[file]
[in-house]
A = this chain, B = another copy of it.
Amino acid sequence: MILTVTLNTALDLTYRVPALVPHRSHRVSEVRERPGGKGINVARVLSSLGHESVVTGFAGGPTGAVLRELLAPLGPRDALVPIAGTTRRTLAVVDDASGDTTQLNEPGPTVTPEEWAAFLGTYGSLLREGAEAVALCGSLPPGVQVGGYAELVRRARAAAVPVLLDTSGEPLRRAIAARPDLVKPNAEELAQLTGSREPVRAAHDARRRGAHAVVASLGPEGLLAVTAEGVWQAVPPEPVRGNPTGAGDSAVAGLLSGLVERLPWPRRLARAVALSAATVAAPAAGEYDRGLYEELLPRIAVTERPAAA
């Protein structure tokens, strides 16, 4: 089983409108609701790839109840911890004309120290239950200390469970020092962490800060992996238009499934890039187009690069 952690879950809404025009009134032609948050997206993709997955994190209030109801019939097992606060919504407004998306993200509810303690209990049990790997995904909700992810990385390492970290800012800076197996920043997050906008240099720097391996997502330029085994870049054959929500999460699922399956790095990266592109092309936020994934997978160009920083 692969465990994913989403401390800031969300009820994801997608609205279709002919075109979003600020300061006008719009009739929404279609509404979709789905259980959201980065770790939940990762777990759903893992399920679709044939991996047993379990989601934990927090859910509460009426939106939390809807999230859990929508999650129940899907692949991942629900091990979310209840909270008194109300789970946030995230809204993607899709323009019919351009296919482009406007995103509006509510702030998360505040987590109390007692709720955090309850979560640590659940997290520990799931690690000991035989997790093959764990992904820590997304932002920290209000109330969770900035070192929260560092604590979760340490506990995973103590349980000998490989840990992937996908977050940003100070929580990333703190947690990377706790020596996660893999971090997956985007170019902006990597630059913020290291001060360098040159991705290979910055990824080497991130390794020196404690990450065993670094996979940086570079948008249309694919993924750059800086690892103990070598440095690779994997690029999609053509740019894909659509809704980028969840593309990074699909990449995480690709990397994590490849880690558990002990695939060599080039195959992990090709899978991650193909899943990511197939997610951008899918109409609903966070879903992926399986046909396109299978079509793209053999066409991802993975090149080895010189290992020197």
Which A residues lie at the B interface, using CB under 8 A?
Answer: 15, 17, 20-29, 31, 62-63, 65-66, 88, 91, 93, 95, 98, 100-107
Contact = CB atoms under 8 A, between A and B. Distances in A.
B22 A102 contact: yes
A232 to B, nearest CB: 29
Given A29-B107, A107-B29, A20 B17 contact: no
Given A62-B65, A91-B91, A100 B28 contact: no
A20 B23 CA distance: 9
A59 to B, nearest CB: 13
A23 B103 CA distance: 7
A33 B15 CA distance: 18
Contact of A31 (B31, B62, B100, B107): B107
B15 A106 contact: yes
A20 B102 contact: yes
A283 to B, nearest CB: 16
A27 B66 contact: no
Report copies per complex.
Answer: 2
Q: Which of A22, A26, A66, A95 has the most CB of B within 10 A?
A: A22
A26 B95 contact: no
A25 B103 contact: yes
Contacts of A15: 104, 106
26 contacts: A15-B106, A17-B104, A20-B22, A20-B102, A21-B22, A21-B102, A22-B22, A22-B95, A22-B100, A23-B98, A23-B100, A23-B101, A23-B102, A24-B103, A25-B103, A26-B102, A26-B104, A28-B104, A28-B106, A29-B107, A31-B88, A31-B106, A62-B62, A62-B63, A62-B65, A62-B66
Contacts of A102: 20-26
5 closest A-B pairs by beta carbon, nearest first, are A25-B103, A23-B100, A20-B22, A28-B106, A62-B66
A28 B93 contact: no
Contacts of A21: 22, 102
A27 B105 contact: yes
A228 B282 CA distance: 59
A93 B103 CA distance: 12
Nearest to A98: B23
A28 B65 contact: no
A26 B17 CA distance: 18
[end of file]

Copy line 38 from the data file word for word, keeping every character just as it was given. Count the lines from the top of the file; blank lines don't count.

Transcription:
A26 B17 CA distance: 18